• Administrator April 9, 2010, 18:46

    A mind-blowing concept! Imagine the imagery…

  • Adam April 9, 2010, 19:45

    Triton is interesting for so many reasons – it’s practically zero-age surface means it has experience a LOT of cryovolcanism. If there’s enough van der Waals solids & clathrates coating its ammonia/water layers then the liquid cryo-mantle may only be a couple of kilometres down, at least in places. In theory there could be liquid nitrogen layers beneath the N2 ice too.

  • david lewis April 10, 2010, 13:58

    thus 65 microbars (6.5 Pa) at 38 K is actually denser than that and would support blimps/balloons we can make today.

    Here I was thinking with 1/20,000 of what we would have on earth that we might as well say the place has no atmosphere, or at least none that would be of any benefit other than scientifically. Yet that is enough to support a blimp? Wow!

    From wikipedia
    Triton’s eccentric post-capture orbit would have also resulted in tidal heating of the moon’s interior. This would have kept Triton liquid for a billion years, which is supported by evidence of differentiation in the moon’s interior.[7] This source of internal heat disappeared following circularization of the orbit.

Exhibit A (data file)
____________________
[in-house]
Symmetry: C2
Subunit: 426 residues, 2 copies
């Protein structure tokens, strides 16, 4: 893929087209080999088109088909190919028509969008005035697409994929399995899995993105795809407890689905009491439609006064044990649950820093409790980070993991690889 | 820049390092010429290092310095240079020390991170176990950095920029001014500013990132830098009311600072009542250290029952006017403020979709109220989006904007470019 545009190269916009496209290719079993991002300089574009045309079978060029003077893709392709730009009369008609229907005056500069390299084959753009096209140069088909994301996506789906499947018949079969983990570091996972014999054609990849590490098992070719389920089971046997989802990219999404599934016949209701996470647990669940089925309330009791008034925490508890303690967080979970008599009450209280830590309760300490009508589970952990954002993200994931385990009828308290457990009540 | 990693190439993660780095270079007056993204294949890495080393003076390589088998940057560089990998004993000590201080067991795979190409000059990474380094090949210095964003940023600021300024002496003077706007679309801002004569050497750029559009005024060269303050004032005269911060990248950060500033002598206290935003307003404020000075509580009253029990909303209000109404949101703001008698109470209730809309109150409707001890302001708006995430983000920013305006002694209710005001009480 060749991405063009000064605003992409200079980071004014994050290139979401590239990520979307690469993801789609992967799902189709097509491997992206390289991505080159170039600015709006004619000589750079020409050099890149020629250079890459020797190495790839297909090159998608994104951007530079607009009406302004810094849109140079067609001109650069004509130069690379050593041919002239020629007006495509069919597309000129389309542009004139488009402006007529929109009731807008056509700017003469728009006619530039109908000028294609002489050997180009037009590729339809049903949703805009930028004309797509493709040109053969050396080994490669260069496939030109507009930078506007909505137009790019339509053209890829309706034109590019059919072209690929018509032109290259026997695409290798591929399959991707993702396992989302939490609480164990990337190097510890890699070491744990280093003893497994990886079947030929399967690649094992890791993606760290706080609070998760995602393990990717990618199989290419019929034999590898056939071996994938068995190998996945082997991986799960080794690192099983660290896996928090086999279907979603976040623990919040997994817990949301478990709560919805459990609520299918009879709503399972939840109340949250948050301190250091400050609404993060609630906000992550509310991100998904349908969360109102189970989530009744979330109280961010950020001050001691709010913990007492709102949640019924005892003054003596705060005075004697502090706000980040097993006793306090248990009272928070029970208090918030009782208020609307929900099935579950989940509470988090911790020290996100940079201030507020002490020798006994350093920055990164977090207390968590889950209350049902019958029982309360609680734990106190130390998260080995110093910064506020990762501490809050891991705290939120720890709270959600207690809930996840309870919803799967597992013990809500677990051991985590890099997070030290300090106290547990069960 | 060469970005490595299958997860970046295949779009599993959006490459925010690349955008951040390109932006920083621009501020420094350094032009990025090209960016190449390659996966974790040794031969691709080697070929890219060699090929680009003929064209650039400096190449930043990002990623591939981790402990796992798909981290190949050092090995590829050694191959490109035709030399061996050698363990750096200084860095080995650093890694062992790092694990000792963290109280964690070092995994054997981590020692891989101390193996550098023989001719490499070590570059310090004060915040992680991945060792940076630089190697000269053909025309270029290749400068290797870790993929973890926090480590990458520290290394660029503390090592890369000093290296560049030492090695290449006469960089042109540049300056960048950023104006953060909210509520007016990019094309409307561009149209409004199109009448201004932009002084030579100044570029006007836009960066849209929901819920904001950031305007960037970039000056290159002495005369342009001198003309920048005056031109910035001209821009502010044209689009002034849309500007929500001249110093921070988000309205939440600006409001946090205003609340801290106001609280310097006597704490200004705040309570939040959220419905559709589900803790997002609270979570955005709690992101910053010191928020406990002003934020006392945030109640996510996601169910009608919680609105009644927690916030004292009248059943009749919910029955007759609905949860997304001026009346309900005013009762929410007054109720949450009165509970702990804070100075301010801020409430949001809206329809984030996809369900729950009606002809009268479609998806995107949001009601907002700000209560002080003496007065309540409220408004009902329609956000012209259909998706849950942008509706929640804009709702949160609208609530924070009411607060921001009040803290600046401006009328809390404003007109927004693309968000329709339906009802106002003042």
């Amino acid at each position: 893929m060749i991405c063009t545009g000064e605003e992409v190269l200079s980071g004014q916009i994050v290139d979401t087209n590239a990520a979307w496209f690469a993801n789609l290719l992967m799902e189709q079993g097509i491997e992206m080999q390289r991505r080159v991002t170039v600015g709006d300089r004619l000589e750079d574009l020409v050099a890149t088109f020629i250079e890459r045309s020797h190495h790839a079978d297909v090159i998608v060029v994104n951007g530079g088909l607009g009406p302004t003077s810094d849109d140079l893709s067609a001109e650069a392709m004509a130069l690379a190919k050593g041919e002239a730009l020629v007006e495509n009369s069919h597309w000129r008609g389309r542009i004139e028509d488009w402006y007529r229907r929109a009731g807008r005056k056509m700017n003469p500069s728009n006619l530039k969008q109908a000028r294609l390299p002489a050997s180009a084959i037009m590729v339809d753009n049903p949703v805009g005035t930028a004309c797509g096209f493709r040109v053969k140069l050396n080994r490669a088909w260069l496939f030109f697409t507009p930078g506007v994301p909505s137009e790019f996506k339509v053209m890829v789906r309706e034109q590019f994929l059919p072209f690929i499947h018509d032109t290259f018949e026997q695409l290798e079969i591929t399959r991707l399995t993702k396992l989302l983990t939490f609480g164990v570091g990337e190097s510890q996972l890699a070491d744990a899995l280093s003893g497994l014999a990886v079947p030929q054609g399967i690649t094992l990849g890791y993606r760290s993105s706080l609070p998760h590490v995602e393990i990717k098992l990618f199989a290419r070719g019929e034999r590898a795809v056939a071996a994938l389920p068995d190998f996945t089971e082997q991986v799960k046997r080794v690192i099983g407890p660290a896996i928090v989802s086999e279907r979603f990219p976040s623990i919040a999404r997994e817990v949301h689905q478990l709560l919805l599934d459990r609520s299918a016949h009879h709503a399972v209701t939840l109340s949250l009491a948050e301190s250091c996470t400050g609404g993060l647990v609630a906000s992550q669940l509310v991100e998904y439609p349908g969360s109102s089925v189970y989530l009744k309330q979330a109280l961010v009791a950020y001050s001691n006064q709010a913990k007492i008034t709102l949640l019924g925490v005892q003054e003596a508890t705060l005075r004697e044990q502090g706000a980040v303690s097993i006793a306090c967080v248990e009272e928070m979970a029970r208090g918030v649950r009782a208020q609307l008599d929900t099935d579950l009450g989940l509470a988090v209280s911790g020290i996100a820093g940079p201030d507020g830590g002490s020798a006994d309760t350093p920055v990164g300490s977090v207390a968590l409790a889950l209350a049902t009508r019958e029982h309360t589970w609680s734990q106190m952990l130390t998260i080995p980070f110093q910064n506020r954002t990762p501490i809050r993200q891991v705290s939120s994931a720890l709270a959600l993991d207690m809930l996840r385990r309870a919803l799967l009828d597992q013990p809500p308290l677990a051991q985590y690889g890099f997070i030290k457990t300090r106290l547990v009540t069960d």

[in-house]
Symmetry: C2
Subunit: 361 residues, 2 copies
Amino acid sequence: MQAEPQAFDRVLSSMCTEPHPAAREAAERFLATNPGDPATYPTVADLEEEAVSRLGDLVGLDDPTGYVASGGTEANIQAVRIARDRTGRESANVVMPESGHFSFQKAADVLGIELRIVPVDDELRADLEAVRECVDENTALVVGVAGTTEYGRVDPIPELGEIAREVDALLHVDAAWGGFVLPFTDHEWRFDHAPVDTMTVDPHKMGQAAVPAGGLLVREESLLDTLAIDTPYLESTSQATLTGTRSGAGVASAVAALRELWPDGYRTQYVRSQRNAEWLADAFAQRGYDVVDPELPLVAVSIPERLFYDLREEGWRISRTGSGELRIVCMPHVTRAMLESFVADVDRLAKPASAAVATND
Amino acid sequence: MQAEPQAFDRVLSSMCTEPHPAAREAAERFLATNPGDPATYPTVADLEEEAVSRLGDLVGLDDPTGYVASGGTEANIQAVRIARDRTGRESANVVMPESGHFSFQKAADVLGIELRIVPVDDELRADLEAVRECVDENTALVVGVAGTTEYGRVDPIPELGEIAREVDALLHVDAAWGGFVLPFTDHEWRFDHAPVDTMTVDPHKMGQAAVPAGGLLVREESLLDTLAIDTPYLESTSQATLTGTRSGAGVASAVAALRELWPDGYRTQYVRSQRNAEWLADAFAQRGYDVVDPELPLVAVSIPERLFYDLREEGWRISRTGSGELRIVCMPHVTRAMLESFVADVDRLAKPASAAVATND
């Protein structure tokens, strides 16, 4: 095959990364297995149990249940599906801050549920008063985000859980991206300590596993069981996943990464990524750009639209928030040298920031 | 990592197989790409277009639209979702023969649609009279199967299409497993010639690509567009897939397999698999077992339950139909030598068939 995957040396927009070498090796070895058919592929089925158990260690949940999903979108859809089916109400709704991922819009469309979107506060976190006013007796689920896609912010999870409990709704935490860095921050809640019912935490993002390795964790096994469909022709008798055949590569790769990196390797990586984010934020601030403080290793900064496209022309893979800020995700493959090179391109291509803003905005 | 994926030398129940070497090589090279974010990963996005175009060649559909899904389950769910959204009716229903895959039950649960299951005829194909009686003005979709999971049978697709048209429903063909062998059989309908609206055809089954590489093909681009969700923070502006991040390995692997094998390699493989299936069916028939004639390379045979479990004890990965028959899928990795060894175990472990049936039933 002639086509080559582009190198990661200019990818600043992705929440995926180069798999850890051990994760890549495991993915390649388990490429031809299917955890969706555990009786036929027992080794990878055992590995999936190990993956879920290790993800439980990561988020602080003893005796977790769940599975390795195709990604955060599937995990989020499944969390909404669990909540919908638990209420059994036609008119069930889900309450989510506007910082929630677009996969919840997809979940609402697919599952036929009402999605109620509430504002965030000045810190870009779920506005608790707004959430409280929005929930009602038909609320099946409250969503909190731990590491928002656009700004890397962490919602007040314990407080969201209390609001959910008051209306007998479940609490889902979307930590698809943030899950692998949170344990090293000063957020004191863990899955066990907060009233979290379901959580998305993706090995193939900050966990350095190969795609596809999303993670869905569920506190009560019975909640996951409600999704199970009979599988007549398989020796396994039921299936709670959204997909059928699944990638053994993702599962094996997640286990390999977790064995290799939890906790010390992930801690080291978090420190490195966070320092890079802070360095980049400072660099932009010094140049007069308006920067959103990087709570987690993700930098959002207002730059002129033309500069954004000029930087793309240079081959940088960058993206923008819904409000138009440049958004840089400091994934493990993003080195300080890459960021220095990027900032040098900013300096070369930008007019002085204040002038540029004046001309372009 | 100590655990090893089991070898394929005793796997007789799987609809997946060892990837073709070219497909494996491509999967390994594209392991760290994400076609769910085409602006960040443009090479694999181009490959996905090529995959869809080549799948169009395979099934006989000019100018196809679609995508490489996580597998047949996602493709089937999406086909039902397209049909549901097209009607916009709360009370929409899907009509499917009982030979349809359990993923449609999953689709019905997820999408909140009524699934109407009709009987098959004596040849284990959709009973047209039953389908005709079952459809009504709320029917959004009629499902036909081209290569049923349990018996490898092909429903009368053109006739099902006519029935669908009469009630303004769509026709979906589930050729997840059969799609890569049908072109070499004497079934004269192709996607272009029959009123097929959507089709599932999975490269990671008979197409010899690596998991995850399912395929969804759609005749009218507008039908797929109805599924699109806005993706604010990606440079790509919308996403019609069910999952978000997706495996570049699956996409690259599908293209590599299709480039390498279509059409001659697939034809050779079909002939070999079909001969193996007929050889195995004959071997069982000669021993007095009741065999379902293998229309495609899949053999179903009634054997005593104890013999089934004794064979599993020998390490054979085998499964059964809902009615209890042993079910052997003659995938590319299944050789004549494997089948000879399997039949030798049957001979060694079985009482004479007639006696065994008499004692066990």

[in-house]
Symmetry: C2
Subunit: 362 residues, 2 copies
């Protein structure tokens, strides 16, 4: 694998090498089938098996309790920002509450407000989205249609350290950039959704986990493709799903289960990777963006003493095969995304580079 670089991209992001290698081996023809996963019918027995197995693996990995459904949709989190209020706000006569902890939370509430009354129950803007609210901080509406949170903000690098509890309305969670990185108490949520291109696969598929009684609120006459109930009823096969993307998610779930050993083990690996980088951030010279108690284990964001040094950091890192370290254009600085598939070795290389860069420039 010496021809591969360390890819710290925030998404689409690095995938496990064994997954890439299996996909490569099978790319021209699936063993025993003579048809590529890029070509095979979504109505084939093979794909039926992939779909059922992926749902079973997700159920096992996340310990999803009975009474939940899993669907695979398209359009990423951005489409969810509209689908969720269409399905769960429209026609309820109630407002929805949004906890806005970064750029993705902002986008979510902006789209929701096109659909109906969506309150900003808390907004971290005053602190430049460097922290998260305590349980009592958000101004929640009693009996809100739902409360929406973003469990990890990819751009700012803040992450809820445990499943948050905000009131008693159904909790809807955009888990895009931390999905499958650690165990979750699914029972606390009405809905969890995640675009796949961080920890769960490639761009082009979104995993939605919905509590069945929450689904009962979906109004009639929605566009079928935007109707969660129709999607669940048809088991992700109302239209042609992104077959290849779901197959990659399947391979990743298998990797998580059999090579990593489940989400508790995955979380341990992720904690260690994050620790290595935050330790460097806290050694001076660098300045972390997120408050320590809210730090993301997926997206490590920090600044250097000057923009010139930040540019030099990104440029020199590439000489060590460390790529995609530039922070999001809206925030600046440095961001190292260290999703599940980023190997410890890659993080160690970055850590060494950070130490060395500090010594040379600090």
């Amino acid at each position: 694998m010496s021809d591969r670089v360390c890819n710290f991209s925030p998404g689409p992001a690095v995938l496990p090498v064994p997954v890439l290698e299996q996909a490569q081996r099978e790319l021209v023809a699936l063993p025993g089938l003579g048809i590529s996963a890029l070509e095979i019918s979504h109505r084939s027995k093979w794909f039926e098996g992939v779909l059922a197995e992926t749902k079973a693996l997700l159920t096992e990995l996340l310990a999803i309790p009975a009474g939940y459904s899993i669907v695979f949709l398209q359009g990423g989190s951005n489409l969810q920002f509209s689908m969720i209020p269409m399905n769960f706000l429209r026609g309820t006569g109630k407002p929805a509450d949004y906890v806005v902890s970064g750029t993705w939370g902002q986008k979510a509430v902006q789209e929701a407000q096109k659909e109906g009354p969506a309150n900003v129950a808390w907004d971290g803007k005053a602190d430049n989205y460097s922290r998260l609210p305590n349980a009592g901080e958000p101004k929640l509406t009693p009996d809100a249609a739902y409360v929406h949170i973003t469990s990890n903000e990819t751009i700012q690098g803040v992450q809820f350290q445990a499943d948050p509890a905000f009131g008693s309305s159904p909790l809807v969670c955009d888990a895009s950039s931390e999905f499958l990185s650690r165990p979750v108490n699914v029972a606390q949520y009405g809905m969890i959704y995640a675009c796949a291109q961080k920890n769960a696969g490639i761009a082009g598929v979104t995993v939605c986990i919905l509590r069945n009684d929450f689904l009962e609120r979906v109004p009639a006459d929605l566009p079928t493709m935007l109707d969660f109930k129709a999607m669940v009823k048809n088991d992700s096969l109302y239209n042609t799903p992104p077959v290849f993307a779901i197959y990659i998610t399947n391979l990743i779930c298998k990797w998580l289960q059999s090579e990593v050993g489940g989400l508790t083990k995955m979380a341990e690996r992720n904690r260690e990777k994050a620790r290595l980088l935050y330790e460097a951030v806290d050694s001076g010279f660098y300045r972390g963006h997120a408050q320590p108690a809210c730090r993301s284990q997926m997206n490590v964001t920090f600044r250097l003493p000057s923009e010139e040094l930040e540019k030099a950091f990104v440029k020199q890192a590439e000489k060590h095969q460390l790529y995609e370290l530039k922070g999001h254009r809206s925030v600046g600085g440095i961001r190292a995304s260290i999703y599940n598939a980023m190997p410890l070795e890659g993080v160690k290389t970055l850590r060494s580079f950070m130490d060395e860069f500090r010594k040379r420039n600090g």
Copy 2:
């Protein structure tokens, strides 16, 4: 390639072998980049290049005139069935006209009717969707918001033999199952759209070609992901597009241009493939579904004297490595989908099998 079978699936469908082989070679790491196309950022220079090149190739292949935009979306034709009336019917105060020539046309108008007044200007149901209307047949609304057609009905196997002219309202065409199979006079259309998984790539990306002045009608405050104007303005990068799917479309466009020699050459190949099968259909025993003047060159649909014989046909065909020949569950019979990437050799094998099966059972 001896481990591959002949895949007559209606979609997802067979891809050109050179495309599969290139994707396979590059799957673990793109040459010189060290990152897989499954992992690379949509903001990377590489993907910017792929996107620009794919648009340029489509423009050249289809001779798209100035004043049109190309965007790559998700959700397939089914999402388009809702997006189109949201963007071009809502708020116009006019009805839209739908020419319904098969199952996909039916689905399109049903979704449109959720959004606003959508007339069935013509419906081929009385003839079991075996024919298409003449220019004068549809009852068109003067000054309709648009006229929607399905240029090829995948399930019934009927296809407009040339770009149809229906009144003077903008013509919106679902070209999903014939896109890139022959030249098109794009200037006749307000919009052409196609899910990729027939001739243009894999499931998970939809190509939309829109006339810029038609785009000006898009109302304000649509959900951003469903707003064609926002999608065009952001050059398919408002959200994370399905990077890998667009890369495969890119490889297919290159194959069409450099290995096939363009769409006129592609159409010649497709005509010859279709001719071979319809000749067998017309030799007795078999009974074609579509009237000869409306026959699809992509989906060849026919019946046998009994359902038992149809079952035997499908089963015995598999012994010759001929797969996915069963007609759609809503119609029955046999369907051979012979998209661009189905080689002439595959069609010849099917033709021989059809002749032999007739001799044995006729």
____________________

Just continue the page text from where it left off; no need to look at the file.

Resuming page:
Might all be frozen now but I wonder what might have developed there during that time. What we might find frozen there now.

  • James M. Essig April 10, 2010, 16:45

    Hi Folks;

    With the stated objectives at least in spirit for NASA to develop new forms of rocket propulsion and robotic precursor missions to Mars, and the asteriods to study living off the land for bold manned space exploration programs to Mars and other destinations within the solar system, post cards such as might contain real images similar to that of artistic depiction of Triton above will likely become common place.

    I have always loved astrophotography and space art, and so I can imagine how such post card images could strike to the very core of the psyches of future recepients of postal service mail. We can imagine a real photograph of a Sunset or should I say, a starset on a planet or moon in orbit around any of the Proxima Centauri stars or perhaps Barnard”s star in a not too distant future if the signatures of biospheres are found to be common place within our local neck of the Galaxy.

    I have great hope that we will travel among the stars one day to extrasolar worlds, and I can imagine the wide variety of scenes, both real and of artistic rendition, that will become available on postcards and on other tourist attraction based printed media.

    My father who died about 4 1/3 years ago was an avid stamp collector and stamp dealer, as a new later in life career after he retired from active service as a U.S. Navy Officer and then as a DOE/DOD civil service employee. He did a lot a traveling on U.S. Navy ships earlier in His Navy carreer and so due to the numerous ports of call around the globe, he developed a great love of traveling and tourism.

    The point is that as we travel to other planets and extrasolar planets, art work in the form of post cards, etc., can be a very powerful tool to inspire future generations to travel even further abroad in our universe. Quite plain and simply, the Triton artistic image is just gorgeous.

  • Lionel W April 10, 2010, 21:12

    wow, a blimp probe on Triton is indeed a fascinating idea